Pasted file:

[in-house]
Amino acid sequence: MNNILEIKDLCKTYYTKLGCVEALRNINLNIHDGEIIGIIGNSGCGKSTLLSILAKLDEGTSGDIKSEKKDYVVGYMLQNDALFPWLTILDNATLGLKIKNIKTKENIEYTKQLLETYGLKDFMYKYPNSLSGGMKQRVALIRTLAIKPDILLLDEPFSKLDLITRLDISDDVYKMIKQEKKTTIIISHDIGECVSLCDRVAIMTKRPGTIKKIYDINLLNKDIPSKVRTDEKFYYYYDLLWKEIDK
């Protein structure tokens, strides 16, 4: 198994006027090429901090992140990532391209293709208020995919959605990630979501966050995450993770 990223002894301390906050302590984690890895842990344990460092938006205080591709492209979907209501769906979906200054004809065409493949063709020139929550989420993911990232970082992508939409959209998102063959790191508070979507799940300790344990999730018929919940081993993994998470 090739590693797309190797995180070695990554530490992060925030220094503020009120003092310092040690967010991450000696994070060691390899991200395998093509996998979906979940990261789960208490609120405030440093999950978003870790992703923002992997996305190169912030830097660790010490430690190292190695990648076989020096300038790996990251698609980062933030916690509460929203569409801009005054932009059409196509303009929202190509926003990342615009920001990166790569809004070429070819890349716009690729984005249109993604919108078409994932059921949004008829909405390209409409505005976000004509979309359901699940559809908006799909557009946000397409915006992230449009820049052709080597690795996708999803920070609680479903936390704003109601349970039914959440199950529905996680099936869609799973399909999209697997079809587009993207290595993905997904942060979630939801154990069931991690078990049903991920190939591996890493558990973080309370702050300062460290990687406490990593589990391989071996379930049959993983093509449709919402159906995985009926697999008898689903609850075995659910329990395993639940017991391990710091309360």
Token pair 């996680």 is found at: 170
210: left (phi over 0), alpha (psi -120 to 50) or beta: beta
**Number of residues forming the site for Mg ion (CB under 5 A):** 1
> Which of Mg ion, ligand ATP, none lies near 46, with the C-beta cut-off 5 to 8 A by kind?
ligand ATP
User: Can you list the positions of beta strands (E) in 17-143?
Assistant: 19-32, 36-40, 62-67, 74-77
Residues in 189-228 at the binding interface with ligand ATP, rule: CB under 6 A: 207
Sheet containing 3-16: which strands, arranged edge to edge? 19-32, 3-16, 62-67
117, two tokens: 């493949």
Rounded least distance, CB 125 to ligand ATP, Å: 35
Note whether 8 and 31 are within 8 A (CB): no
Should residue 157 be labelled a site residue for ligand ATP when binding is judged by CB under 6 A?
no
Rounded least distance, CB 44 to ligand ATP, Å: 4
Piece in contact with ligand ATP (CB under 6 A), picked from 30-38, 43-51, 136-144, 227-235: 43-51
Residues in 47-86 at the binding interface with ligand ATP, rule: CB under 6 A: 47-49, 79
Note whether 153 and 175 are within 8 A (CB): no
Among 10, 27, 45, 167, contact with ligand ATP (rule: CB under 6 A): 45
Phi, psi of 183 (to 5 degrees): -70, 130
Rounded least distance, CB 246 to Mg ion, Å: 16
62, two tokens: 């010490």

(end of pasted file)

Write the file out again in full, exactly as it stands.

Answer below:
[in-house]
Amino acid sequence: MNNILEIKDLCKTYYTKLGCVEALRNINLNIHDGEIIGIIGNSGCGKSTLLSILAKLDEGTSGDIKSEKKDYVVGYMLQNDALFPWLTILDNATLGLKIKNIKTKENIEYTKQLLETYGLKDFMYKYPNSLSGGMKQRVALIRTLAIKPDILLLDEPFSKLDLITRLDISDDVYKMIKQEKKTTIIISHDIGECVSLCDRVAIMTKRPGTIKKIYDINLLNKDIPSKVRTDEKFYYYYDLLWKEIDK
């Protein structure tokens, strides 16, 4: 198994006027090429901090992140990532391209293709208020995919959605990630979501966050995450993770 990223002894301390906050302590984690890895842990344990460092938006205080591709492209979907209501769906979906200054004809065409493949063709020139929550989420993911990232970082992508939409959209998102063959790191508070979507799940300790344990999730018929919940081993993994998470 090739590693797309190797995180070695990554530490992060925030220094503020009120003092310092040690967010991450000696994070060691390899991200395998093509996998979906979940990261789960208490609120405030440093999950978003870790992703923002992997996305190169912030830097660790010490430690190292190695990648076989020096300038790996990251698609980062933030916690509460929203569409801009005054932009059409196509303009929202190509926003990342615009920001990166790569809004070429070819890349716009690729984005249109993604919108078409994932059921949004008829909405390209409409505005976000004509979309359901699940559809908006799909557009946000397409915006992230449009820049052709080597690795996708999803920070609680479903936390704003109601349970039914959440199950529905996680099936869609799973399909999209697997079809587009993207290595993905997904942060979630939801154990069931991690078990049903991920190939591996890493558990973080309370702050300062460290990687406490990593589990391989071996379930049959993983093509449709919402159906995985009926697999008898689903609850075995659910329990395993639940017991391990710091309360």
Token pair 């996680």 is found at: 170
210: left (phi over 0), alpha (psi -120 to 50) or beta: beta
**Number of residues forming the site for Mg ion (CB under 5 A):** 1
> Which of Mg ion, ligand ATP, none lies near 46, with the C-beta cut-off 5 to 8 A by kind?
ligand ATP
User: Can you list the positions of beta strands (E) in 17-143?
Assistant: 19-32, 36-40, 62-67, 74-77
Residues in 189-228 at the binding interface with ligand ATP, rule: CB under 6 A: 207
Sheet containing 3-16: which strands, arranged edge to edge? 19-32, 3-16, 62-67
117, two tokens: 């493949």
Rounded least distance, CB 125 to ligand ATP, Å: 35
Note whether 8 and 31 are within 8 A (CB): no
Should residue 157 be labelled a site residue for ligand ATP when binding is judged by CB under 6 A?
no
Rounded least distance, CB 44 to ligand ATP, Å: 4
Piece in contact with ligand ATP (CB under 6 A), picked from 30-38, 43-51, 136-144, 227-235: 43-51
Residues in 47-86 at the binding interface with ligand ATP, rule: CB under 6 A: 47-49, 79
Note whether 153 and 175 are within 8 A (CB): no
Among 10, 27, 45, 167, contact with ligand ATP (rule: CB under 6 A): 45
Phi, psi of 183 (to 5 degrees): -70, 130
Rounded least distance, CB 246 to Mg ion, Å: 16
62, two tokens: 């010490």